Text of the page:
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This course is designed to provide the student with the necessary skills and concepts to study calculus the following year. Course topics include polynomial, linear, exponential, logarithmic, and trigonometric functions. Sequences and series, introductory probability and statistics, and an introduction to Calculus are included in this course. In order to advance to AP Calculus, students completing this course must successfully complete additional summer work, earn a high grade in Precalculus and have departmental approval.

**Full Year | 1 Mathematics Credit **

*Prerequisite: Precalculus (Regular or Honors) ** *

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This course is an introduction to the applications of calculus in business and in the social sciences. The course presents the main ideas of Calculus in a simple manner accompanied with several concrete applications in order to improve students’ understanding. It covers topics such as continuity, limits, differentiation, and integration. Proficiency in algebraic manipulations and solid understanding of Precalculus concepts are essential.

**Full Year | 1 Mathematics Credit **

*Prerequisite: Department approval. ** *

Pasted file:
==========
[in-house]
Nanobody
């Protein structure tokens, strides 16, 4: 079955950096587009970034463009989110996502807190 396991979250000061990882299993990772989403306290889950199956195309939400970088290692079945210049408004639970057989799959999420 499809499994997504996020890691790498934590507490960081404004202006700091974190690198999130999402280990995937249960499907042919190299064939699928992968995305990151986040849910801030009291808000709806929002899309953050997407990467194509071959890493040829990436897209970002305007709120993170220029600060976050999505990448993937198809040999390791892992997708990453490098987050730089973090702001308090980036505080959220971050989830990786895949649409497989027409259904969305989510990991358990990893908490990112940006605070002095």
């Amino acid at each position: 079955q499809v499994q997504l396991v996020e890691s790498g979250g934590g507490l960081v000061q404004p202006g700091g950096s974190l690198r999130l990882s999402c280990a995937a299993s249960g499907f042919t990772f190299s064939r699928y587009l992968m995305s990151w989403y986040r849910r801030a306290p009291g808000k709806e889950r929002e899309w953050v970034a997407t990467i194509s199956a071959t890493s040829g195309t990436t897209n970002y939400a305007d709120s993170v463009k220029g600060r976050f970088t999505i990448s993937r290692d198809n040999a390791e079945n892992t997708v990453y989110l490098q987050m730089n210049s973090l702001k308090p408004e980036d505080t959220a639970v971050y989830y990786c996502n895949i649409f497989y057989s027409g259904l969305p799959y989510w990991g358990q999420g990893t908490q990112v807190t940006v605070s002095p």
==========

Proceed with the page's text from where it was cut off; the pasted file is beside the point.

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This course is designed to prepare the student for the AB Advanced Placement Calculus exam, which is taken in May. Topics contained in the College Board’s Advanced Placement syllabus are studied in this course. These topics include differential and integral calculus and their applications. All students are required to take the AP Exam at the end of this course.

**Full Year | 1 Mathematics Credit **

*Prerequisite: Department approval.*

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This course explores limits, derivatives, and integrals as well as the Fundamental Theorem of Calculus, and also adds the big idea of series. The concept of limits is foundational and the understanding of this fundamental tool leads to the development of more advanced tools and concepts that prepare students to grasp the Fundamental Theorem of Calculus, a central idea of AP Calculus.

**Full Year | 1 Mathematics Credit**

*Prerequisite: current study (either Algebra II/Trigonometry or Precalculus) at the Honors level, and department approval.*

This course introduces students to the major concepts and tools for collecting, analyzing, and drawing conclusions from data. Topics contained in the College Board’s Advanced Placement syllabus are studied in this course. These topics include exploratory data analysis and descriptive statistics, probability for anticipating patterns in the distribution of data, designing experiments, and confirming models through statistical inferences. In addition, the course makes extensive use of real-world data. This course is designed to prepare students for the AP Statistics exam, in May, which all students are required to take.